cultural practices, values, and beliefs and
    incorporate these into the plan of care.
  • American Indians
  • Hispanic
  • Iran
  • India
  • Laos
  • Southeast Asia
  • Native Americans

65
Nursing Assessment and Interventions
  • Psychosocial Assessment (continued)
  • Non-EnglishSpeaking Women in Labor
  • A womans level of anxiety in labor arises when
    she does not understand what is happening to her
    or what is being said. She may feel a complete
    loss of control over her situation.
  • She can panic and withdraw or become physically
    abusive when someone tries to do something she
    perceives might harm her baby.
  • Ideally, a bilingual nurse will care for the
    woman if not, use a translator.

66
Nursing Process
  • Nursing Diagnoses
  • Pain, acute
  • Fatigue
  • Infection, risk for
  • Tissue perfusion, ineffective
  • Fluid volume, risk for deficient
  • Urinary elimination, impaired
  • Injury, risk for
  • Knowledge, deficient
  • Anxiety fear
  • Coping, ineffective

67
Medical Interventions
  • Induction
  • An attempt to start labor at a time other than
    when it begins spontaneously
  • May be necessary when membranes have been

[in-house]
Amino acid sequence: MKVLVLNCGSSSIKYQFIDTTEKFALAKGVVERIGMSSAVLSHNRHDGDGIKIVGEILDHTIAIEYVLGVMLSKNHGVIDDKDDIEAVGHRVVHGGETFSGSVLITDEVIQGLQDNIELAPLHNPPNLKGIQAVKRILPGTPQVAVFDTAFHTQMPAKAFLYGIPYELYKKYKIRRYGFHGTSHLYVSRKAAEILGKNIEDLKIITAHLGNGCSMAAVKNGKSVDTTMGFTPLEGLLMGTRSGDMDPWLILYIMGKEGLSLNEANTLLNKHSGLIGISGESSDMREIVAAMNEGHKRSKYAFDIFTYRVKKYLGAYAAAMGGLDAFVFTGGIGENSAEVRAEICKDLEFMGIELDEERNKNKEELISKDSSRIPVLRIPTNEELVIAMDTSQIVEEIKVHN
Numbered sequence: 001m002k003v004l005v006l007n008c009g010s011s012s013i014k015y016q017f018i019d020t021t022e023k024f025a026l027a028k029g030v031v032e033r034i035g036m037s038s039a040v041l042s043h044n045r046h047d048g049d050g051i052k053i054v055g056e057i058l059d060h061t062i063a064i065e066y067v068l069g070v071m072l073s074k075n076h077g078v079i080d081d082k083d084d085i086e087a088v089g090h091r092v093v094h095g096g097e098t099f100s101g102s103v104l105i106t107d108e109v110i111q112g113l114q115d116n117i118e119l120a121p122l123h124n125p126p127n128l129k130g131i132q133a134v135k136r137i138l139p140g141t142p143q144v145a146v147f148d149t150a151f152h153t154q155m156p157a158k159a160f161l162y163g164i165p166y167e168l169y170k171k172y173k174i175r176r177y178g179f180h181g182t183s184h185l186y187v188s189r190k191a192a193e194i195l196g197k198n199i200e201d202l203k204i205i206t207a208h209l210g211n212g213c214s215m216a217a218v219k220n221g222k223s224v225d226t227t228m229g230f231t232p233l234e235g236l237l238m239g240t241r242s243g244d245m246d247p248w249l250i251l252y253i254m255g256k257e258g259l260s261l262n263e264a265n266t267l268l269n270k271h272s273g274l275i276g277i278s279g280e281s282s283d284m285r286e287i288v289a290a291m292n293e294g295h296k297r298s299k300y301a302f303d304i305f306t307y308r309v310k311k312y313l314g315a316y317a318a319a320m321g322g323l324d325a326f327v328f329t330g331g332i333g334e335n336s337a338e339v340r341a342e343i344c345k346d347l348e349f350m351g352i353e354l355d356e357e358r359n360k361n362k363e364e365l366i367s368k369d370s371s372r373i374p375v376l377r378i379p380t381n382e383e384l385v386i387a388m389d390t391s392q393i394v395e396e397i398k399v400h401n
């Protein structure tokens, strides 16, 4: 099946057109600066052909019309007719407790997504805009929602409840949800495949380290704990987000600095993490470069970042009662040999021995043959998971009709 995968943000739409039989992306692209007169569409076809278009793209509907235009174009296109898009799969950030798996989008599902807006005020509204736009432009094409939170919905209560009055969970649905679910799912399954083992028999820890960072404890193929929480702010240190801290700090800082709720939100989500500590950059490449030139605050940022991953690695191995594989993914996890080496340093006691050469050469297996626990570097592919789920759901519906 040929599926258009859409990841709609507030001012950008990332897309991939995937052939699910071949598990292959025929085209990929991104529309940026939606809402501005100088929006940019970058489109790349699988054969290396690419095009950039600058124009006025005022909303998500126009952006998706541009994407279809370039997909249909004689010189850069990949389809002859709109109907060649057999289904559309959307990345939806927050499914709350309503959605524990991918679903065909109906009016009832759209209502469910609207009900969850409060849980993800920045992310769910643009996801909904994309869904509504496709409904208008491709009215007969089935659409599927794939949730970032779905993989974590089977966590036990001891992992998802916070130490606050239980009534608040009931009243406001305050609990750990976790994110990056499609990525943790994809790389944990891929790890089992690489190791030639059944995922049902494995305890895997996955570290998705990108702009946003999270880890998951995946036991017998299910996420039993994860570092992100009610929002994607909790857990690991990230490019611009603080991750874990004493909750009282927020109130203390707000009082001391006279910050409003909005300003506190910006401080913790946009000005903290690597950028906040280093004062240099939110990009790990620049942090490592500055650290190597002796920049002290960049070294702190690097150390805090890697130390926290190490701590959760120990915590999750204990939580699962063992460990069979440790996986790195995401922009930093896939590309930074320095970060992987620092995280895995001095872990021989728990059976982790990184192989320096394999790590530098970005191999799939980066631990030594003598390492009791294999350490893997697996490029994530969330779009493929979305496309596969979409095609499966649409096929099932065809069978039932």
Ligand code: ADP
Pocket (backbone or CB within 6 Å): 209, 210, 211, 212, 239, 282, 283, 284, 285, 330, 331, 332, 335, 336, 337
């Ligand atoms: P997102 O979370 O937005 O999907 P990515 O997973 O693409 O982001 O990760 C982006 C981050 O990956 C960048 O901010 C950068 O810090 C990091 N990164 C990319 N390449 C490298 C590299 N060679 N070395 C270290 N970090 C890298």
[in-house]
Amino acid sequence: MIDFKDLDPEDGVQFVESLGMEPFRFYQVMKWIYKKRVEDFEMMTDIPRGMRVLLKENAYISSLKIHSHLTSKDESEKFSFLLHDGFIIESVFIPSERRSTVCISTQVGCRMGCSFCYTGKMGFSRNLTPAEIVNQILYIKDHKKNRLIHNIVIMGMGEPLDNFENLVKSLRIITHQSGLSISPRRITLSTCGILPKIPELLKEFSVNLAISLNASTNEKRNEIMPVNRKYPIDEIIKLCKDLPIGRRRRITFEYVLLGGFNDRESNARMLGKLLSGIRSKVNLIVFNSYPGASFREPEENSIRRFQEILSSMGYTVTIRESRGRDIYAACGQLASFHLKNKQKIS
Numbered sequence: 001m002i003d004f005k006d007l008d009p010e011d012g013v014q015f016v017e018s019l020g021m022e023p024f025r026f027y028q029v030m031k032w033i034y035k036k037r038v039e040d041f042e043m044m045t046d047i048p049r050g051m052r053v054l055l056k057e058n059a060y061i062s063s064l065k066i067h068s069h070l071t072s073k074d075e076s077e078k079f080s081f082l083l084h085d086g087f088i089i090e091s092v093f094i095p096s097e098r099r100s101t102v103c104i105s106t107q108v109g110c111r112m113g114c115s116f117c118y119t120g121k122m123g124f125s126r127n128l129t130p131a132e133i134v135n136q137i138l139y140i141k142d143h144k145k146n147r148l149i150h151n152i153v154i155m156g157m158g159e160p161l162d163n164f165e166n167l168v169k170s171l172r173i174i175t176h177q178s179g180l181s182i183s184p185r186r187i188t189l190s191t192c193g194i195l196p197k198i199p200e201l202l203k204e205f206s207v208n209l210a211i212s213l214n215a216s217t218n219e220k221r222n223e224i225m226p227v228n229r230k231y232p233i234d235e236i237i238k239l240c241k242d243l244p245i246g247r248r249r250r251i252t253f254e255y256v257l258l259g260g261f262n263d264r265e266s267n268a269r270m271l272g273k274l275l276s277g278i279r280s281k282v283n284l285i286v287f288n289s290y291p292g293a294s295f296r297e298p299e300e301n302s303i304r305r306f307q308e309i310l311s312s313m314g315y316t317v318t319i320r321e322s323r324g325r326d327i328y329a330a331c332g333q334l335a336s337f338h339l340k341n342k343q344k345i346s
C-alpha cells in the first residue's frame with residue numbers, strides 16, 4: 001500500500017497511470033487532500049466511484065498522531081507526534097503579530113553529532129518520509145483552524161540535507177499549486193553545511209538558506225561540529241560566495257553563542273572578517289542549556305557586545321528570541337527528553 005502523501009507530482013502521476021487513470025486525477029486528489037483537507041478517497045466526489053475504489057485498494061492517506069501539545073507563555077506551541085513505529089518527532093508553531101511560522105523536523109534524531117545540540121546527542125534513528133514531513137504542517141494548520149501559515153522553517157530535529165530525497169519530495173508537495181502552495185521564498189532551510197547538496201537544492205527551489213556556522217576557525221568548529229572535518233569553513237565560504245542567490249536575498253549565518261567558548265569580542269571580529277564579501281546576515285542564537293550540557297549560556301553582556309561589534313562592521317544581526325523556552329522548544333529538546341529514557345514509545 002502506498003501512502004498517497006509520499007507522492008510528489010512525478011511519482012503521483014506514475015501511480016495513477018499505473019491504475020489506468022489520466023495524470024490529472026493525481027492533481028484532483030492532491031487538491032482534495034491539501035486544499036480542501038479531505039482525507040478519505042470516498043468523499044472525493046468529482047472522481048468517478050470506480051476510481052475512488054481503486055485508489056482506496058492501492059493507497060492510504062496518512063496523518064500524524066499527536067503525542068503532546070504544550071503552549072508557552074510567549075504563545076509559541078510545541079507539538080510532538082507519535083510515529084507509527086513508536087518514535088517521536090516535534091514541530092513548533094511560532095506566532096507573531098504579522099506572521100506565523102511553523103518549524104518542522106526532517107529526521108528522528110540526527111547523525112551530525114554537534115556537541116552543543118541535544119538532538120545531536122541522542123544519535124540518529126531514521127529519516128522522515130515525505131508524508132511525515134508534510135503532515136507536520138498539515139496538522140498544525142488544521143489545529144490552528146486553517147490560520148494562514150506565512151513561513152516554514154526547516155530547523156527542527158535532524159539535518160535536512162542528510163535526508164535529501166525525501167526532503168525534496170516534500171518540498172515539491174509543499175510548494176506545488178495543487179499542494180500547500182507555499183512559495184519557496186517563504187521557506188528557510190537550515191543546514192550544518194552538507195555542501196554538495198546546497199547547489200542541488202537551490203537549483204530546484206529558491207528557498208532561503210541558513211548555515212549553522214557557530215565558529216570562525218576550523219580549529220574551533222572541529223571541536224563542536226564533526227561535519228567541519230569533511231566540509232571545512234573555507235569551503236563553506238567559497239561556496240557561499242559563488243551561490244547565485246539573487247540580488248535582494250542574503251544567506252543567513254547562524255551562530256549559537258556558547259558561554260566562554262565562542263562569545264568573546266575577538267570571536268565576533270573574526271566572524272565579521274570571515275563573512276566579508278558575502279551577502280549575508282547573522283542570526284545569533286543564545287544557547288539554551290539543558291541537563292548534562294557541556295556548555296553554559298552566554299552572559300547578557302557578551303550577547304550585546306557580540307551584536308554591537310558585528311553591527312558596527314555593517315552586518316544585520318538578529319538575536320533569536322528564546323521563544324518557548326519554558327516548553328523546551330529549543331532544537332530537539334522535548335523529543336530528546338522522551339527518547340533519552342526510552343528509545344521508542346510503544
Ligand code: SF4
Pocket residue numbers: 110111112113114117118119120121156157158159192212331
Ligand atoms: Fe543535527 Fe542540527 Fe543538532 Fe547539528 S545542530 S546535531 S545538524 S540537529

ruptured for longer than a few hours, in cases of
    severe pregnancy-induced hypertension, or in a
    post-term pregnancy. Should have medical
    necessity. Must be 39 weeks for elective
    induction.
  • Amniotomy
  • Prostaglandin gel application
  • Oxytocin stimulation
  • Cervidil
  • Foley balloon

68
Medical Interventions
  • Forceps Delivery
  • Forceps are a pair of spoon-like devices that fit
    around the fetal head to aid in expulsion of the
    fetus.
  • Vacuum Extraction
  • This involves attachment of a vacuum cup to the
    fetal head and application of negative pressure.
  • Cesarean Delivery
  • Delivery is made through an abdominal and uterine
    incision.
  • VBAC Vaginal birth after Cesarean
  • TOLAC Trial of Labor after Ceserean

69
Indications for Cesarean Section
  • Cephalopelvic disproportion (CPD)
  • Previous c-section
  • Breech or Mal presentation
  • Abnormal condition of placenta
  • Infections of vaginal canal- ex active genital
    herpes
  • Pelvic abnormalities
  • Medical conditions that would endanger mothers
    health
  • Nonreassuring FHT
  • Prolapsed Cord
  • Congenital anomalies
  • Elective

70
Pain Management
  • Factors contributing to pain during labor
  • Dilation stretching of uterus and cervix
  • Reduced uterine blood supply during contractions
  • Pressure of fetus on pelvic structures
  • Stretching of vagina perineum

71
Nonpharmacological pain management
  • Advantages
  • Do not harm mother or fetus
  • Do not slow labor if they provide adequate pain
    control
  • Carry no risk for allergies or adverse drug
    effects
  • Limitations
  • Should be rehearsed before labor begins
  • Can slow labor if pain not adequately controlled

72
Nonpharmacological pain management
  • Relaxation techniques
  • Skin stimulation
  • Effleurage
  • Sacral pressure
  • Thermal stimulation
  • Positioning
  • Diversion/distraction
  • Breathing techniques
  • 1st stage breathing
  • 2nd stage breathing
About PowerShow.com